The presidential election has finally come to an end, but we're still feeling the residual patriotic-ness and our annual America issue is on stands right now. Which is why each Private Icon this month hails from an iconic, American neighborhood that was pivotal in the development in our country's music history. So get ready for a few really good flashbacks and prepare to pay your respects to some women you should channel every morning when you zip up your skinny jeans.
After Laurel Canyon's Michelle Phillips, we're heading to a 'hood not too far from the NYLON office this week. New York City's Lower East Side has meant many things to many different people, but of all its moments--immigrant (my great-great grandparents included) launch pad to sleek club destination--our favorite is probably during the late '60s through late '70s, when it became a stomping ground for the city's punk bands. From Talking Heads to Richard Hell, its run-down apartments were where some of the most iconic songs of the era were first written.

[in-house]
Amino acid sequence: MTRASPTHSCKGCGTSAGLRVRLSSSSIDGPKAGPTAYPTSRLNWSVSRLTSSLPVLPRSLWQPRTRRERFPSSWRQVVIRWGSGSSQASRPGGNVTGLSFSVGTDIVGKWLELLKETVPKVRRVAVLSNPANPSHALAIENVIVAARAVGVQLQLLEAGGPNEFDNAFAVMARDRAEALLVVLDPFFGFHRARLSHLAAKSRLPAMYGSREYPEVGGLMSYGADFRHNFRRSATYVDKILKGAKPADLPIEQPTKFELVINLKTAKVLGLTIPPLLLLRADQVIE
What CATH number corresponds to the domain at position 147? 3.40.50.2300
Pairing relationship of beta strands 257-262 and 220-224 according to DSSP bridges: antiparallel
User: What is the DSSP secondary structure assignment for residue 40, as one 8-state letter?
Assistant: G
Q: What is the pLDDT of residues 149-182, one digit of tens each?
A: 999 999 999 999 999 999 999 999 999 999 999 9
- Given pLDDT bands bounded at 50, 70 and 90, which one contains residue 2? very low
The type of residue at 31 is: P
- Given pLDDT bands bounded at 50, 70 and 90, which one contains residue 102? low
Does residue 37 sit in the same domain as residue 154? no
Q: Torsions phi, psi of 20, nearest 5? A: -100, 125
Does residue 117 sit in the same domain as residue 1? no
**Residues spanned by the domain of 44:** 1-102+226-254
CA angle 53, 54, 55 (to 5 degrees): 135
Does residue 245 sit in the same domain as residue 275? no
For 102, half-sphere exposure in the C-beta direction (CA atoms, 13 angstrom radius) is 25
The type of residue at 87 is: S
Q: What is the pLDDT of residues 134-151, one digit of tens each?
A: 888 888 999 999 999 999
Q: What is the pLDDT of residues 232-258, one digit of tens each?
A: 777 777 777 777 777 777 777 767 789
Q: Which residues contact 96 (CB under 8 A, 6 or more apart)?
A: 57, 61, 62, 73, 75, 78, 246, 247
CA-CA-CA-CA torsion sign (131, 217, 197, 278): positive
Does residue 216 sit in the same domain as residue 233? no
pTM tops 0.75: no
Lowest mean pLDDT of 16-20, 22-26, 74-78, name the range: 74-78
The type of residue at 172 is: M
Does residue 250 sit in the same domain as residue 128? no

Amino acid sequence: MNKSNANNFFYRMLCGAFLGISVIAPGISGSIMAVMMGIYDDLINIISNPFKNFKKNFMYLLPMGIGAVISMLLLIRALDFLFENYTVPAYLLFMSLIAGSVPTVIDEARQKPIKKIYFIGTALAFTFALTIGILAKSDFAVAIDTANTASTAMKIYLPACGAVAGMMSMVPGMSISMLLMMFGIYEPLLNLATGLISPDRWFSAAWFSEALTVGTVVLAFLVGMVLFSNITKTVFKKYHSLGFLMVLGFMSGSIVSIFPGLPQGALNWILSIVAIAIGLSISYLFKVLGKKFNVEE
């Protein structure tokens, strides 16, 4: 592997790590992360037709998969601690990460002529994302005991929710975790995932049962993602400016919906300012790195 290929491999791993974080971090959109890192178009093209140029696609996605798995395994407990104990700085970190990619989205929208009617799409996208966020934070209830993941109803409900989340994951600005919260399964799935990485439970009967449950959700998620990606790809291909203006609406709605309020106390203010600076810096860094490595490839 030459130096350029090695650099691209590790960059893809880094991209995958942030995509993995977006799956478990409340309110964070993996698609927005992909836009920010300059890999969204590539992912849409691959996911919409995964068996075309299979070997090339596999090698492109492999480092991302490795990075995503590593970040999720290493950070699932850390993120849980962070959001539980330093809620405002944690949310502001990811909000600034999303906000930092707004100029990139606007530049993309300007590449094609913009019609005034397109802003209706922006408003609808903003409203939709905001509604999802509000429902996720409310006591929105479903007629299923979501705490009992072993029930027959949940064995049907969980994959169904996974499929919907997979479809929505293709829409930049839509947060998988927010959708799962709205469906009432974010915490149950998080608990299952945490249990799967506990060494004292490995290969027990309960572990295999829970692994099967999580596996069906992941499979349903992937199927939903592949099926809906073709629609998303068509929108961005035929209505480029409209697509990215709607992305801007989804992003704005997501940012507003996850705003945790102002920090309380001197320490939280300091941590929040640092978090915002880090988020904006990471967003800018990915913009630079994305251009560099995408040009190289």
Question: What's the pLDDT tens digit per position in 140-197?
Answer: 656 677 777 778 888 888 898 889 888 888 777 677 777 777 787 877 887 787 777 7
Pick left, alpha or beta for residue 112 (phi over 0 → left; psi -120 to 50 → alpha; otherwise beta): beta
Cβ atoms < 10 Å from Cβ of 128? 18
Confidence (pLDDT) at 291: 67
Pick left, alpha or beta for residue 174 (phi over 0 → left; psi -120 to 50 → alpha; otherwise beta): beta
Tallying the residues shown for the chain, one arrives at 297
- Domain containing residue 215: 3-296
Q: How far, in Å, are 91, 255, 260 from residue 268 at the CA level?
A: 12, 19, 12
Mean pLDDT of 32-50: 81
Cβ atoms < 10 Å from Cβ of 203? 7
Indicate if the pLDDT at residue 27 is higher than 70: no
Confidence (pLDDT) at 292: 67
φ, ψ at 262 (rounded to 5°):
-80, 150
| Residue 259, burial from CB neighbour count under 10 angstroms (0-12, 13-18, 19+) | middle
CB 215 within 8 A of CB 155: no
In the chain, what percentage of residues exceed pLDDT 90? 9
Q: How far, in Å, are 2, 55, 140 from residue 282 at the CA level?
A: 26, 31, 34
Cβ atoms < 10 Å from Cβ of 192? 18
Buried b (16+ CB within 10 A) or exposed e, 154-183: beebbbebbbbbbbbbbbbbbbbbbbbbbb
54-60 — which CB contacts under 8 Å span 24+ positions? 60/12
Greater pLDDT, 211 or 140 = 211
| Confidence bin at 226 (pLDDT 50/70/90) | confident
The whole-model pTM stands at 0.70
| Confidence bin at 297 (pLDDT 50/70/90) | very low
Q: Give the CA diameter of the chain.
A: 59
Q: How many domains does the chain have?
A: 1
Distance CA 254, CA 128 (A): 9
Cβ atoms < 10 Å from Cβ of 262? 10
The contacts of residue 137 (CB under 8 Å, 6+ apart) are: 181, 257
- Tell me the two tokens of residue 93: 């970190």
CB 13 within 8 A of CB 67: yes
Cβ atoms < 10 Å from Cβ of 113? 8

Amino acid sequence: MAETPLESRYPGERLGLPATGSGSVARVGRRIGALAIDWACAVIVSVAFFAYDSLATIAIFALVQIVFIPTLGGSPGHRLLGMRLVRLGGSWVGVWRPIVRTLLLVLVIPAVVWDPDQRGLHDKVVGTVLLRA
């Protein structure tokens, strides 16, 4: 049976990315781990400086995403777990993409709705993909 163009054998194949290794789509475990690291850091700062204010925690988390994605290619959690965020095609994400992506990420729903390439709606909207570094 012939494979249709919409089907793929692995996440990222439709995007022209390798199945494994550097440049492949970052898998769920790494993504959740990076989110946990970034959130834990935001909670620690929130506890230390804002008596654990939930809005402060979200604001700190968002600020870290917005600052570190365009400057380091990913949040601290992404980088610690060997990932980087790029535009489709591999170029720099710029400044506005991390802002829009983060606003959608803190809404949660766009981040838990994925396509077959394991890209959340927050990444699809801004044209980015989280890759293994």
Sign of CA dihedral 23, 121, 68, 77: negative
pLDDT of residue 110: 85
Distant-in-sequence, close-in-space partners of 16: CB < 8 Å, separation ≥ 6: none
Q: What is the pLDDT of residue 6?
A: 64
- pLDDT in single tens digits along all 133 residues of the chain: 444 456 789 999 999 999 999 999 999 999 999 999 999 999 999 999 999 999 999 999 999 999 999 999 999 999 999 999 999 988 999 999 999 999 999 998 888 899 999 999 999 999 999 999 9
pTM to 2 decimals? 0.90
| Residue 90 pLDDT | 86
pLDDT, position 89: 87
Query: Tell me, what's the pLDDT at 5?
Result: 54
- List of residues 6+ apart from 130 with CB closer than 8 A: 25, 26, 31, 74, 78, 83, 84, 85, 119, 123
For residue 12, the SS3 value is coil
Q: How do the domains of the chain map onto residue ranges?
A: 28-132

But few left as stylish a mark on music history than Blondie's Debbie Harry. On the surface, the Miami-born singer was a total pin-up. But look closely and you realize just how subversive it all was. Take her blonde hair: Instead of long, shiny locks Harry went for a look that made you wonder just how late she stayed up the night before. The same goes for her outfits, which veered towards winking sex kitten; yes, she may have worn over-the-knee boots or lace-up short shorts, but Harry also favored worn-in rock tees and classic Wayfarers. It's no surprise that she didn't just catch the ear of America, but the eye of designers like Stephen Sprouse (that's one of his designs she's wearing in the "Heart of Glass" music video). The look feels just as fresh today as it did in 1975--and like Blondie's big hits, will probably never get old.
REBECCA WILLA DAVIS